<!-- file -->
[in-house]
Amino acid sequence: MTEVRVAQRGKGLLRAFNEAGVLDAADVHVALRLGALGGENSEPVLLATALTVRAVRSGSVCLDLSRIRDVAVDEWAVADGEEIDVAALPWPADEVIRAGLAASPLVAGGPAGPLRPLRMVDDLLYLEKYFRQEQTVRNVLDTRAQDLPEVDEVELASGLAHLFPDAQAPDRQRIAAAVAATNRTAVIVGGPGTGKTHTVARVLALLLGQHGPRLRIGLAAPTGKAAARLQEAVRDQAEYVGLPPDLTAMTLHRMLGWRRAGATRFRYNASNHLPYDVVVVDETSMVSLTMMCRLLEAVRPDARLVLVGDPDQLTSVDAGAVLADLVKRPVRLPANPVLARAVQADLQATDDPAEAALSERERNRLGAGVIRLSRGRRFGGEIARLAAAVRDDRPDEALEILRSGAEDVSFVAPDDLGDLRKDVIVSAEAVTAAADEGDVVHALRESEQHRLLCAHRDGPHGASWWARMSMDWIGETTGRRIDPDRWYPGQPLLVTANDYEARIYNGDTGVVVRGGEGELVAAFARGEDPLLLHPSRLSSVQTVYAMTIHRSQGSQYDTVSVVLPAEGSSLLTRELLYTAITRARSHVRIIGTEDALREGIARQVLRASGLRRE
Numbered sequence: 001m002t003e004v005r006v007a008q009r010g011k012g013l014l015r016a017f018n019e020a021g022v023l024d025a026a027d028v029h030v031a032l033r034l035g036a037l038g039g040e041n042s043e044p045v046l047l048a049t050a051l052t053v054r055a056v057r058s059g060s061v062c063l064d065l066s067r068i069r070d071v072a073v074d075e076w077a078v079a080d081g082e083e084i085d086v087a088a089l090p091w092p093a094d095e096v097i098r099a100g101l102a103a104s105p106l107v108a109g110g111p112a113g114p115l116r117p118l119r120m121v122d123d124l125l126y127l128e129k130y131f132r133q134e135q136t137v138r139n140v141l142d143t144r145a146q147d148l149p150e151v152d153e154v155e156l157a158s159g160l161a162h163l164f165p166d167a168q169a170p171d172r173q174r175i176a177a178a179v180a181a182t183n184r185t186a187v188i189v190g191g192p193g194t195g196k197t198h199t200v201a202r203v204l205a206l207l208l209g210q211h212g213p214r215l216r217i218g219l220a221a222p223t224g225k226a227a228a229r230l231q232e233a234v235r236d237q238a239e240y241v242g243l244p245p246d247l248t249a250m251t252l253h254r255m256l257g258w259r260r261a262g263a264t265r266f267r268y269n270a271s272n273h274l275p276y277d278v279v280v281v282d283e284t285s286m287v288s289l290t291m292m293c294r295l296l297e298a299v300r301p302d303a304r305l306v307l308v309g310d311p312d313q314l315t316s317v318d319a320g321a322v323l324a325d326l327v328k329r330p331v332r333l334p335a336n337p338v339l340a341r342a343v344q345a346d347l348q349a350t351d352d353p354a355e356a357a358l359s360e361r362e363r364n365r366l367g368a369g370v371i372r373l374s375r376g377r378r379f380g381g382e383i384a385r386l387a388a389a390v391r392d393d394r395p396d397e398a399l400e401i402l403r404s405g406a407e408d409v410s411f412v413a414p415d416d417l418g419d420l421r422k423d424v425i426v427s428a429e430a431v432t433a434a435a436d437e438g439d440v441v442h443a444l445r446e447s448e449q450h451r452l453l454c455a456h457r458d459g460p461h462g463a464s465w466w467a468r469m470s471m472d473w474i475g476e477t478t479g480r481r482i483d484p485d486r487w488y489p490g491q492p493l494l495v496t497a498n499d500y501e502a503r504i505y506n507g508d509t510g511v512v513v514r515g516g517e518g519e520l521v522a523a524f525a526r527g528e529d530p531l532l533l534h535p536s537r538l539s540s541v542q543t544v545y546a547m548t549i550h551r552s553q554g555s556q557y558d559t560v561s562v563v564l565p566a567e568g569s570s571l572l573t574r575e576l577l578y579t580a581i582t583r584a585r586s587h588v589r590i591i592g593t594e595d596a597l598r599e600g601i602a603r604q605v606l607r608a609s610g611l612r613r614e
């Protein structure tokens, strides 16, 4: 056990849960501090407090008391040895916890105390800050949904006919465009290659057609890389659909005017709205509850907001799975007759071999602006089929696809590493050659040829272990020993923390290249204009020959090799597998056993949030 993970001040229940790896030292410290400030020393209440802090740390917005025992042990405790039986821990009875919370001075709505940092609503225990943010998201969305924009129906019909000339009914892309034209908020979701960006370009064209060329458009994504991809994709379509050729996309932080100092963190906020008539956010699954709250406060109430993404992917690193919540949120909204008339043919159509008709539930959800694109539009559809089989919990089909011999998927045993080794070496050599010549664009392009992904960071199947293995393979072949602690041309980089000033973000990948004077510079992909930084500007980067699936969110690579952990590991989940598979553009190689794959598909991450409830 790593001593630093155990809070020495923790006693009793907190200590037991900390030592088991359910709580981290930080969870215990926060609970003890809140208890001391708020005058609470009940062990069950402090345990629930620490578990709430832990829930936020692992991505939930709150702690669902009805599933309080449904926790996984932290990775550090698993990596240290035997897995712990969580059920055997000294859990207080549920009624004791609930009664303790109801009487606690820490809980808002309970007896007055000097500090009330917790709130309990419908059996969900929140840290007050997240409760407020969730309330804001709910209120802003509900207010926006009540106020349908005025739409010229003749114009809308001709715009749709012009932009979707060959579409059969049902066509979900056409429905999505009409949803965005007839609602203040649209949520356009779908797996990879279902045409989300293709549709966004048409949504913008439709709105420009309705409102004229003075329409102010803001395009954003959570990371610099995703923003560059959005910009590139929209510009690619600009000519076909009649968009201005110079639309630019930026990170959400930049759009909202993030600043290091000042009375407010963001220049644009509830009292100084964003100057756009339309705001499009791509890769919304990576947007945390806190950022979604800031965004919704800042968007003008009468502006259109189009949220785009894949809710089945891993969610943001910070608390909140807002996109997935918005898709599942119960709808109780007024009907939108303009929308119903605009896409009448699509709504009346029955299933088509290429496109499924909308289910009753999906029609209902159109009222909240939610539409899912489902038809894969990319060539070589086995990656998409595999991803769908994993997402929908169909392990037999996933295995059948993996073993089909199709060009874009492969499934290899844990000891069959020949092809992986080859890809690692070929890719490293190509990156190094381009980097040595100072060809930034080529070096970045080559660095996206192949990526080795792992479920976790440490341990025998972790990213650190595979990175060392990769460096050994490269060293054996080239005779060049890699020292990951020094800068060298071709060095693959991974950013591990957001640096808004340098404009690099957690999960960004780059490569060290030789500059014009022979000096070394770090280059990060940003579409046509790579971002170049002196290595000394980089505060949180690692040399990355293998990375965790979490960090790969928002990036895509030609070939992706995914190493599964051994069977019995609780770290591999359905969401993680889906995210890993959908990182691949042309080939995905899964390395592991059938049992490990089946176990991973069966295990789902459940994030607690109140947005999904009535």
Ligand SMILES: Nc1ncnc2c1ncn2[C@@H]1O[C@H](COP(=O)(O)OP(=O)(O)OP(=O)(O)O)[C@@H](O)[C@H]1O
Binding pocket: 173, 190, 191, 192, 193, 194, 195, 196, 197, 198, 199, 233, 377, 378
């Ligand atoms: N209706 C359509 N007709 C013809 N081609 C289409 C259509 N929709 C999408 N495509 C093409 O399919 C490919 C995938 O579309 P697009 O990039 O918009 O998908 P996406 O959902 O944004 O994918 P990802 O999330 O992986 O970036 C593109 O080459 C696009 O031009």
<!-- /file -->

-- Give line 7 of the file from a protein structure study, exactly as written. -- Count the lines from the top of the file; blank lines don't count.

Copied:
């Ligand atoms: N209706 C359509 N007709 C013809 N081609 C289409 C259509 N929709 C999408 N495509 C093409 O399919 C490919 C995938 O579309 P697009 O990039 O918009 O998908 P996406 O959902 O944004 O994918 P990802 O999330 O992986 O970036 C593109 O080459 C696009 O031009």